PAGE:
Housing Finance - AEI

Housing Finance

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A panel of experts will debate the best path forward for Fannie Mae and Freddie Mac after a decade of government conservatorship.

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Imposing prudent underwriting standards will improve home affordability, head off a new wave of mortgage foreclosures, and protect the most vulnerable Americans.

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More leverage in the long-lasting seller’s market, now in its 67th month, is causing higher house prices concentrated at the lower end of the market where leverage has been increasing the most.

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The implications of leverage during a long-lasting seller’s market, now in its 67th month, are higher house prices concentrated at the lower end of the market where leverage has been increasing the most.

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Since their trough in 2012, home prices have risen at an annual average rate of 5.5%, far more rapidly than incomes or inflation. Ultimately, more supply is needed to bring the market back into equilibrium, but that takes time and is unlikely to happen soon.

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As the AEI Center on Housing Markets and Finance has been predicting, the national home purchase market continued its rally in 2017:Q4. Sales transactions increased 5.4% in the fourth quarter compared to a year ago, marking the 13th consecutive quarter of such increases.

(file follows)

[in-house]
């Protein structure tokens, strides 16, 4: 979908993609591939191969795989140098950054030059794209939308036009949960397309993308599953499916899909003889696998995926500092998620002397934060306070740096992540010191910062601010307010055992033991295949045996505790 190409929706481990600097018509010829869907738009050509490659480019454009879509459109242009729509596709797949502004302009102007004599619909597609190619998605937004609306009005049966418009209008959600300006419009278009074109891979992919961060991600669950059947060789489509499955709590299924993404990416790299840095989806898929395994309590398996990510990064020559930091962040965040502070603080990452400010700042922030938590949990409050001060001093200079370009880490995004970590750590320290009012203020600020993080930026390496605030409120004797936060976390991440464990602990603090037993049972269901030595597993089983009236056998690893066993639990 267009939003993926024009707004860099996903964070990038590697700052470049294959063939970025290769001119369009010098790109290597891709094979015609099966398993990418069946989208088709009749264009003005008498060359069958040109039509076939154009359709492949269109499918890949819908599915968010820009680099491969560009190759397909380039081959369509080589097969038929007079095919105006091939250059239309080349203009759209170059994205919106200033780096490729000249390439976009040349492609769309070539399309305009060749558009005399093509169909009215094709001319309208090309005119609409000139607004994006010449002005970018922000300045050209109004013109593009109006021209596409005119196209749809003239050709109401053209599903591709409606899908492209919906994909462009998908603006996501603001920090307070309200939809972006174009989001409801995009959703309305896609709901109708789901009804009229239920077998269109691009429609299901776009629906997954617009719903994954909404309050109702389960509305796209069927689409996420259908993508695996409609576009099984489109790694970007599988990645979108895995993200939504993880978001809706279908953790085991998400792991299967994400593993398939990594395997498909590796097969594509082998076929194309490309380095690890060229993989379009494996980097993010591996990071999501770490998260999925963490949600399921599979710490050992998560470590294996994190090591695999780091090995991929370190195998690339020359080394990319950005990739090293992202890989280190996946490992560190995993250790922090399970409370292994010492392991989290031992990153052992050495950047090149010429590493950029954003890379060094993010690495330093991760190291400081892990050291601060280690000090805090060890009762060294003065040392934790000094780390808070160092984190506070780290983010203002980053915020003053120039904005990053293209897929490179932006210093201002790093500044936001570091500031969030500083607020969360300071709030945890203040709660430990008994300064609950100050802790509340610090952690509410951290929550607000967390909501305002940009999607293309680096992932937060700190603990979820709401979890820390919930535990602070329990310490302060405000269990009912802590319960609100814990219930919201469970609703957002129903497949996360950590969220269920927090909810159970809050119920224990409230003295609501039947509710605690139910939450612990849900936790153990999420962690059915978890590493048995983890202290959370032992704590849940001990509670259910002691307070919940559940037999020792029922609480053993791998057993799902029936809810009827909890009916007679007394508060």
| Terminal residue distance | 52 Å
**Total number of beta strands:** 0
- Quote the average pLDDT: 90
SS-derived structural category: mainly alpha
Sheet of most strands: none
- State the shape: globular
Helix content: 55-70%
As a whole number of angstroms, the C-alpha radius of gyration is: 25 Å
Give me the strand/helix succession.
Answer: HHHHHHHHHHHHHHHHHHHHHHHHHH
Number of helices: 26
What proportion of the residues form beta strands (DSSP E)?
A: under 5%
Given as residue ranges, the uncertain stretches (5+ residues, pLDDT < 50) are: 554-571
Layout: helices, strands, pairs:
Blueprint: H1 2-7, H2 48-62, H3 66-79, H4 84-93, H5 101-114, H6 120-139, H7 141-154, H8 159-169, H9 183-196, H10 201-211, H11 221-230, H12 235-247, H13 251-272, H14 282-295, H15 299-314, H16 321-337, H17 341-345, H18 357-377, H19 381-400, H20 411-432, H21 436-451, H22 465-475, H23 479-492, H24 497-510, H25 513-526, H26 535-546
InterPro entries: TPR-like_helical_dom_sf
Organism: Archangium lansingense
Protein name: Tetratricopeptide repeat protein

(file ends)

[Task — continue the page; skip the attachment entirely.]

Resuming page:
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Don’t let the government housing lobby push policymakers away from ending any subsidies for very long-term fixed-rate mortgages.

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The Taxpayer Protection Housing Finance Plan describes how government-sponsored enterprises can be gradually eliminated over time through administrative action alone. Legislation will not be necessary.

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The trend toward higher first-time buyer risk continued this month primarily driven by higher debt-to-income ratios. As long as this trend continues during a very tight market, expect even higher house prices, especially for entry-level homes, and even greater first-time buyer risk.

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New research by the AEI Housing Center suggests that another cut to the FHA insurance premiums charged to homebuyers would reduce affordability and add few new homebuyers.

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Rather than promise the impossible—making housing affordable by decree—municipal governments should embrace practical solutions

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Moving forward, there will be even more risk as borrowers, especially first-time buyers, are forced to take on more leverage to buy.

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